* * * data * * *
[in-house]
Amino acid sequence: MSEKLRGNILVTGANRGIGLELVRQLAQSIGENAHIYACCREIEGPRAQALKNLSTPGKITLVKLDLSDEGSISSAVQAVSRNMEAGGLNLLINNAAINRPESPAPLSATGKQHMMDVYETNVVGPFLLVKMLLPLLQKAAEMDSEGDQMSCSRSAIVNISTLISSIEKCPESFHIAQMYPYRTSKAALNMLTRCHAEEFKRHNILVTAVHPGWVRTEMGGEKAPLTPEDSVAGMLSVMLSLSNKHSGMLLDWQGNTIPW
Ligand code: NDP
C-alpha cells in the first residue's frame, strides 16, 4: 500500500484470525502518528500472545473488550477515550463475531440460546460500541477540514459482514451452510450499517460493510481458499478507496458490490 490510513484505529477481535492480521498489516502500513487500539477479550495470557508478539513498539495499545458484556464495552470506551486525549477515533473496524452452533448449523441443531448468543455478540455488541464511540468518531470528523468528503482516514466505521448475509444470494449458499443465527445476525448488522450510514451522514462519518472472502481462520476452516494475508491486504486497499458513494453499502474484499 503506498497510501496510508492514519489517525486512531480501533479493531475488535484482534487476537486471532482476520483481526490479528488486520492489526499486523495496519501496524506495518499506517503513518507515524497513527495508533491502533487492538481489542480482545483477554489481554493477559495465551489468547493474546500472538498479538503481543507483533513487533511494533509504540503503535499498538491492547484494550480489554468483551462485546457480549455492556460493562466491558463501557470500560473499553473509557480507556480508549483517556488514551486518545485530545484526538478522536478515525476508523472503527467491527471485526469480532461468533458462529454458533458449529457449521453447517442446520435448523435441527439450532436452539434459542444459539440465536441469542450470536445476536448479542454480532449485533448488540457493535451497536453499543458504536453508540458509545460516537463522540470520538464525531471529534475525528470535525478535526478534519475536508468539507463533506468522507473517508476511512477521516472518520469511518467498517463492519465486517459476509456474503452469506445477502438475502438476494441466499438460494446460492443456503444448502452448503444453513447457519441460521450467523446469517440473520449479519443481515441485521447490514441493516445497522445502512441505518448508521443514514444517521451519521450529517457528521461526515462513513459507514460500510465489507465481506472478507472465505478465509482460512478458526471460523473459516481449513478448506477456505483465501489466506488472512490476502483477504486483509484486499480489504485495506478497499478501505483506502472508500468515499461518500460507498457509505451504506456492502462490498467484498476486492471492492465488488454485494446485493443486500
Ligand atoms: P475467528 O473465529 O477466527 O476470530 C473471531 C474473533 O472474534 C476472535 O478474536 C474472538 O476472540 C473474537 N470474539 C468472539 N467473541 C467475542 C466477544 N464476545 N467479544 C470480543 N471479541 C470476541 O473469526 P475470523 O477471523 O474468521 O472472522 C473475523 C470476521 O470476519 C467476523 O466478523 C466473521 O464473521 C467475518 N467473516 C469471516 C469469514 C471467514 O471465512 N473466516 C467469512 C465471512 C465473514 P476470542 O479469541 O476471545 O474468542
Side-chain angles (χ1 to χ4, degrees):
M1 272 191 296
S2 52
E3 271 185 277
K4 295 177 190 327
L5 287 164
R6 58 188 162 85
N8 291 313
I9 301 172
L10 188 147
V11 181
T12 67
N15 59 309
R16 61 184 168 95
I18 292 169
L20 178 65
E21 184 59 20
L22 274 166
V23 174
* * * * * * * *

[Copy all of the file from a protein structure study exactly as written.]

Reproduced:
[in-house]
Amino acid sequence: MSEKLRGNILVTGANRGIGLELVRQLAQSIGENAHIYACCREIEGPRAQALKNLSTPGKITLVKLDLSDEGSISSAVQAVSRNMEAGGLNLLINNAAINRPESPAPLSATGKQHMMDVYETNVVGPFLLVKMLLPLLQKAAEMDSEGDQMSCSRSAIVNISTLISSIEKCPESFHIAQMYPYRTSKAALNMLTRCHAEEFKRHNILVTAVHPGWVRTEMGGEKAPLTPEDSVAGMLSVMLSLSNKHSGMLLDWQGNTIPW
Ligand code: NDP
C-alpha cells in the first residue's frame, strides 16, 4: 500500500484470525502518528500472545473488550477515550463475531440460546460500541477540514459482514451452510450499517460493510481458499478507496458490490 490510513484505529477481535492480521498489516502500513487500539477479550495470557508478539513498539495499545458484556464495552470506551486525549477515533473496524452452533448449523441443531448468543455478540455488541464511540468518531470528523468528503482516514466505521448475509444470494449458499443465527445476525448488522450510514451522514462519518472472502481462520476452516494475508491486504486497499458513494453499502474484499 503506498497510501496510508492514519489517525486512531480501533479493531475488535484482534487476537486471532482476520483481526490479528488486520492489526499486523495496519501496524506495518499506517503513518507515524497513527495508533491502533487492538481489542480482545483477554489481554493477559495465551489468547493474546500472538498479538503481543507483533513487533511494533509504540503503535499498538491492547484494550480489554468483551462485546457480549455492556460493562466491558463501557470500560473499553473509557480507556480508549483517556488514551486518545485530545484526538478522536478515525476508523472503527467491527471485526469480532461468533458462529454458533458449529457449521453447517442446520435448523435441527439450532436452539434459542444459539440465536441469542450470536445476536448479542454480532449485533448488540457493535451497536453499543458504536453508540458509545460516537463522540470520538464525531471529534475525528470535525478535526478534519475536508468539507463533506468522507473517508476511512477521516472518520469511518467498517463492519465486517459476509456474503452469506445477502438475502438476494441466499438460494446460492443456503444448502452448503444453513447457519441460521450467523446469517440473520449479519443481515441485521447490514441493516445497522445502512441505518448508521443514514444517521451519521450529517457528521461526515462513513459507514460500510465489507465481506472478507472465505478465509482460512478458526471460523473459516481449513478448506477456505483465501489466506488472512490476502483477504486483509484486499480489504485495506478497499478501505483506502472508500468515499461518500460507498457509505451504506456492502462490498467484498476486492471492492465488488454485494446485493443486500
Ligand atoms: P475467528 O473465529 O477466527 O476470530 C473471531 C474473533 O472474534 C476472535 O478474536 C474472538 O476472540 C473474537 N470474539 C468472539 N467473541 C467475542 C466477544 N464476545 N467479544 C470480543 N471479541 C470476541 O473469526 P475470523 O477471523 O474468521 O472472522 C473475523 C470476521 O470476519 C467476523 O466478523 C466473521 O464473521 C467475518 N467473516 C469471516 C469469514 C471467514 O471465512 N473466516 C467469512 C465471512 C465473514 P476470542 O479469541 O476471545 O474468542
Side-chain angles (χ1 to χ4, degrees):
M1 272 191 296
S2 52
E3 271 185 277
K4 295 177 190 327
L5 287 164
R6 58 188 162 85
N8 291 313
I9 301 172
L10 188 147
V11 181
T12 67
N15 59 309
R16 61 184 168 95
I18 292 169
L20 178 65
E21 184 59 20
L22 274 166
V23 174